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Nobel Laureate Series Begins With Focus On Economics

By W. S. Wang

The inaugural lecture of the Ford/MIT Nobel Laureate Lecture Series took place in Kresge Auditorium last night, featuring Franco Modigliani, Paul A. Samuelson, and Robert M. Solow, all Professors Emeriti of Economics.

Sponsored by the Ford Motor Company, this five-year program aims to bring Nobel Laureates of all fields from all over the world to speak at MIT.

Last night’s lecture was entitled “The US Economy: The Last 50 Years and the Next 50 Years.” The three Nobel Laureates have spent a combined 151 years on MIT’s faculty.

Each spoke extensively on the economic trends of the past and predicted an economic decline in the United States within the next 50 years.

End of the welfare state

Samuelson warned that the major problem of the next 50 years may be the current conservative trend, which leads away from that of the New Deal era.

Solow said that the economy has polarized since the mid 1970s and that the income of the bottom one-third of the population has actually decreased over this period.

While the earnings premium associated with higher education has increased, the horrendous job in educating the down-trodden risks “perpetuating a permanent lower class.”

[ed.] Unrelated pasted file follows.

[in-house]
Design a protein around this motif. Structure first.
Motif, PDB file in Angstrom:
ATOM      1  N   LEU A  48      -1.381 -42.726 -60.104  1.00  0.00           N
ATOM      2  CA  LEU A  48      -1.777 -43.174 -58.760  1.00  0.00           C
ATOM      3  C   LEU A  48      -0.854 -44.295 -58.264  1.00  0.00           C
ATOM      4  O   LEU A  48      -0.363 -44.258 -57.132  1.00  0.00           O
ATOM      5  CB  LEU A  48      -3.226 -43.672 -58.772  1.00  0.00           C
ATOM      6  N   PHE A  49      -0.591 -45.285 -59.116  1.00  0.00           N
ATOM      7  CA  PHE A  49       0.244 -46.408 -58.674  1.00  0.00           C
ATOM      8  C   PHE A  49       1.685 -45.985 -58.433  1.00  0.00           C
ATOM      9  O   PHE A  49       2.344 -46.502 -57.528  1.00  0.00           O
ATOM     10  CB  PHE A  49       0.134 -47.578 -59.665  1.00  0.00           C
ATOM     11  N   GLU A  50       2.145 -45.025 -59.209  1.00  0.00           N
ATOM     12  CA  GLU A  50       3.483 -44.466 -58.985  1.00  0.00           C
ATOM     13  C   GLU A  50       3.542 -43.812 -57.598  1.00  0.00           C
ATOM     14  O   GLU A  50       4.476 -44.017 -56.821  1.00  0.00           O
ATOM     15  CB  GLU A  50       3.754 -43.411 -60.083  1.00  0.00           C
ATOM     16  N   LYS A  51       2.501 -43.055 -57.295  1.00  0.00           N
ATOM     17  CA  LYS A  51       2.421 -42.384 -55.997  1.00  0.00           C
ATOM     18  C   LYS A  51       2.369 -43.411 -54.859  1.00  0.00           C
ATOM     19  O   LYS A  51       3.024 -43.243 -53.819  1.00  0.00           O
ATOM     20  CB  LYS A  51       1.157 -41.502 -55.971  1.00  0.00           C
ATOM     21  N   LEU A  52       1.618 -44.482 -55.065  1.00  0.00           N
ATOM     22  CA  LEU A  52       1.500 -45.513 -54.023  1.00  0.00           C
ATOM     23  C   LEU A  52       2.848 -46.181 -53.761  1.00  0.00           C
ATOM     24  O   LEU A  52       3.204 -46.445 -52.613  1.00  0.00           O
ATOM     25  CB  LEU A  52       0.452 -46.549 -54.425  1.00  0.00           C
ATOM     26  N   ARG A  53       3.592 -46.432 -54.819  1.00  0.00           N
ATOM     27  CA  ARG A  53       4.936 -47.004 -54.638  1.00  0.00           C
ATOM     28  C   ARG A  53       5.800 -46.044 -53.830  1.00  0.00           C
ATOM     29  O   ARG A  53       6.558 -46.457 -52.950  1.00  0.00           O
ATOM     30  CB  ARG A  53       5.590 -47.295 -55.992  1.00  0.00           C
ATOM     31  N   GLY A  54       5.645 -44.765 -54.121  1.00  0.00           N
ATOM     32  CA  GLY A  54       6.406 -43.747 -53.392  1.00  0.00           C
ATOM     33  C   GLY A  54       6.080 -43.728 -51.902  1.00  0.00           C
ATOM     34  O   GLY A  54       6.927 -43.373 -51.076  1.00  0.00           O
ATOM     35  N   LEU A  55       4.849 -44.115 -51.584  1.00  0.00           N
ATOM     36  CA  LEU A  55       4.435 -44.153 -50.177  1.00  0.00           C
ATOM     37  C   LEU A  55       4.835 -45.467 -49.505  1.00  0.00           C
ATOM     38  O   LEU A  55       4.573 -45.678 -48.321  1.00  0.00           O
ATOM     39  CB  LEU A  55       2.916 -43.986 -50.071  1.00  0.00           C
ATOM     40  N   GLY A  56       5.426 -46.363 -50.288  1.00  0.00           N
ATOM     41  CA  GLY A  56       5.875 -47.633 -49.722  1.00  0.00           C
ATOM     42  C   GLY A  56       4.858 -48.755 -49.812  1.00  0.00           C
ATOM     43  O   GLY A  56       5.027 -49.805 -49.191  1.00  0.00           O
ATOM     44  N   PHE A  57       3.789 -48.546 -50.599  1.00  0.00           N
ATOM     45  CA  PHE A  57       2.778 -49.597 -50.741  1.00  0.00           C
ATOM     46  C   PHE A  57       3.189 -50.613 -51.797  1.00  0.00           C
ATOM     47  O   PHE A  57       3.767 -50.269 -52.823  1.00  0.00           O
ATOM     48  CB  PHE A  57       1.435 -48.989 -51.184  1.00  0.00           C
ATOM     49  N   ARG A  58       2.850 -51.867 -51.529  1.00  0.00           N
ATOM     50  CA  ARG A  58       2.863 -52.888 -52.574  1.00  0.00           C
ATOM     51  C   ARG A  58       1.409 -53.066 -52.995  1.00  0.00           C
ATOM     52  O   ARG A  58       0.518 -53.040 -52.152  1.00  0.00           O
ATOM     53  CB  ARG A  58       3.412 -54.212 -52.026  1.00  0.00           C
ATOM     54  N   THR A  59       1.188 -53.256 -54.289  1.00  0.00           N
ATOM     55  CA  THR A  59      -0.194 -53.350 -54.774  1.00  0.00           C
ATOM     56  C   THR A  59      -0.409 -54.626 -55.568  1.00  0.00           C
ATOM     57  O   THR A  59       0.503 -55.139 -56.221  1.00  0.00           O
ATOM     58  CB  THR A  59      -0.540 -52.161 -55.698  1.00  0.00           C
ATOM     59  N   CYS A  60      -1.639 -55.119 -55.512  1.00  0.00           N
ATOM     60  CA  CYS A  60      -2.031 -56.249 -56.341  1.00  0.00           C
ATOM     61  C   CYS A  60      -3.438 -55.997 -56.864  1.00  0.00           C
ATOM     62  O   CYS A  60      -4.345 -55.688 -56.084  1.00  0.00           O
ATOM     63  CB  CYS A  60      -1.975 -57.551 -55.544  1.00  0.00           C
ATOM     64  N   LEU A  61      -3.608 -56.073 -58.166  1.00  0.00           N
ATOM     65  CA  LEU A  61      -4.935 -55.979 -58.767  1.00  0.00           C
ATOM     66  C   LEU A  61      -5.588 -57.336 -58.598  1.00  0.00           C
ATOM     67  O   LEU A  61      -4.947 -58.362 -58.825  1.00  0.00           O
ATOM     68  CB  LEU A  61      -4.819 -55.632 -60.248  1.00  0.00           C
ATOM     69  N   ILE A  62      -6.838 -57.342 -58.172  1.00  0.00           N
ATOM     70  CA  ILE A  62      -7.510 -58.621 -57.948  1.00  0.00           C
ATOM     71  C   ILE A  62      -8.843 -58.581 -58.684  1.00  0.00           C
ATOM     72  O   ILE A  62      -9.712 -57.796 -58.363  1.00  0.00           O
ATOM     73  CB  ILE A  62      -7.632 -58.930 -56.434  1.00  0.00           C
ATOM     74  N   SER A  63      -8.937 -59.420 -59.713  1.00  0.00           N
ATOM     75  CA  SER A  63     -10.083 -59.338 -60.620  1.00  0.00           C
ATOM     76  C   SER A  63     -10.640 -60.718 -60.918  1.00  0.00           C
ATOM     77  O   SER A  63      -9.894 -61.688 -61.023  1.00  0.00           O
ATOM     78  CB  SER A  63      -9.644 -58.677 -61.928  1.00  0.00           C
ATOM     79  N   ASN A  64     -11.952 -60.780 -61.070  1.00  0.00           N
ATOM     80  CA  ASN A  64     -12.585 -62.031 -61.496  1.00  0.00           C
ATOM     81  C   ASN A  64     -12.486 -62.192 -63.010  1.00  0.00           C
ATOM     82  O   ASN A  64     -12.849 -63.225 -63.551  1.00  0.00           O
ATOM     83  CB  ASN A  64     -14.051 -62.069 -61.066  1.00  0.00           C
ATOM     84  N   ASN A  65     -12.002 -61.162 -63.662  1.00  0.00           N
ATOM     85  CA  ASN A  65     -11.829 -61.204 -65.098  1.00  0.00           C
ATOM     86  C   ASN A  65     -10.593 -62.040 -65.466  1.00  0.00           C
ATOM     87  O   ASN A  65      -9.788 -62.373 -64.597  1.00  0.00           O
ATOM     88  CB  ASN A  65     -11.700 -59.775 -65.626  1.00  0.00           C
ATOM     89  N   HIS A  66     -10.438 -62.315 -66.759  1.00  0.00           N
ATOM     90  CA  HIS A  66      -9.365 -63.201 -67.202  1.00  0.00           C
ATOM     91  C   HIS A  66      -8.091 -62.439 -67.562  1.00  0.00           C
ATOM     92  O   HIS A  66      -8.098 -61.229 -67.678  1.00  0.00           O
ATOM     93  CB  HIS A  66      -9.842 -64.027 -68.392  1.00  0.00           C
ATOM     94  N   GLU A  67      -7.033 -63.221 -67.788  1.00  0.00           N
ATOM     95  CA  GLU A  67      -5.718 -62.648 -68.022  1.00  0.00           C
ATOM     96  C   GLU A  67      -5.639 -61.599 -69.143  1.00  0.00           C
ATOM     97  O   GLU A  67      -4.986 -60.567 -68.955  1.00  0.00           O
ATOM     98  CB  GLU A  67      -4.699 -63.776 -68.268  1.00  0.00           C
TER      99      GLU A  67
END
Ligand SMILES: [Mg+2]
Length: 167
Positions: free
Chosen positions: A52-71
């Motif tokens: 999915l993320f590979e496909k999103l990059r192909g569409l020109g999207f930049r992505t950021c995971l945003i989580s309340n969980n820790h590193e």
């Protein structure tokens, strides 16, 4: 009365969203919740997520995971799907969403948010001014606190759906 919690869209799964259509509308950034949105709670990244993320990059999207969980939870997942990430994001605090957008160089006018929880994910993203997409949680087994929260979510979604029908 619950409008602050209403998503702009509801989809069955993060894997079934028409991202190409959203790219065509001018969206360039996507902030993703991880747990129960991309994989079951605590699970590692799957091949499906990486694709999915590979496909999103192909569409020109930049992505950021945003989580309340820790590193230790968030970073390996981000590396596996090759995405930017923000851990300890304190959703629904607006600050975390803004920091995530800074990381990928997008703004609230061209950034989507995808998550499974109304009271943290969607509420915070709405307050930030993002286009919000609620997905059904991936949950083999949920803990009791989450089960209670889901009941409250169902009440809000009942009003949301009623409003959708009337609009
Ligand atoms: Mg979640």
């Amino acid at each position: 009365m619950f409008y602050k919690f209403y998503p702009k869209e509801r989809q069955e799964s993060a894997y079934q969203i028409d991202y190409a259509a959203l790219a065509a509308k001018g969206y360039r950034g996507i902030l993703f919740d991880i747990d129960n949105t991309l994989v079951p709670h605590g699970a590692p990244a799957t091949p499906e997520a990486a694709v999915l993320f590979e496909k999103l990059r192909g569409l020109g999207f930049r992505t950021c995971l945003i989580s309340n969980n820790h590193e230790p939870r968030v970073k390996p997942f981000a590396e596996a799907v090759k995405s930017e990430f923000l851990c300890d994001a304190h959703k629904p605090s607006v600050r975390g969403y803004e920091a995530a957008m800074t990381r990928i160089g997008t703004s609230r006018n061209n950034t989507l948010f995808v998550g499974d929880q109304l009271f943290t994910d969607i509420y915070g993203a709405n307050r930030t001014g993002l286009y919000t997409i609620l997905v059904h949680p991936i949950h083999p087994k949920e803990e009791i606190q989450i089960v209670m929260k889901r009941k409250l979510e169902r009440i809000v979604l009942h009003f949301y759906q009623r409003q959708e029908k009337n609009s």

Solow also suggested that the bulging group of aged people in America will drag the acceleration of economic growth and prevent the oft-mentioned “industrial revolution.”

Modigliani provided yet more gloom and doom as he predicted a “real nightmare” for the booming stock market, citing the ludicrous price earning ratio as a flagrant sign of the crash to come. He also attacked the gigantic deficit, suggesting that foreign loans may be denied in the future.

His primary focus, however, was the new Social Security system that he has been working on in the last few years. This “funded system” would allow contributions to be used to accumulate wealth into a collective fund rather than to pay for Social Security now.

He believes that this system will be more stable and less sensitive to the patterns of growth.

Laureates make partisan attacks

Despite attempts to omit politics from the forum, partisanship occasionally slipped in. Modigliani slammed Republican Presidential candidate George W. Bush for his Social Security plan, which would put a person’s contribution into their own portfolio rather than a collective fund.

Also, Solow sharply criticized Reform Party Presidential candidate Patrick Buchanan’s hasty dismissal of all globalization as irrational.

Laureates show humorous side

The three Laureates also showed their human sides throughout the lecture, with self-deprecating humor that sent ripples of laughter through the audience. Solow’s comparison between a snake swallowing a pig and the aging process grabbed the most laughs.

After closing remarks by Martin Zimmerman PhD ’75, the Nobel Laureates answered a few questions, offering high praise for the Feds and sidestepping some of the more incendiary queries.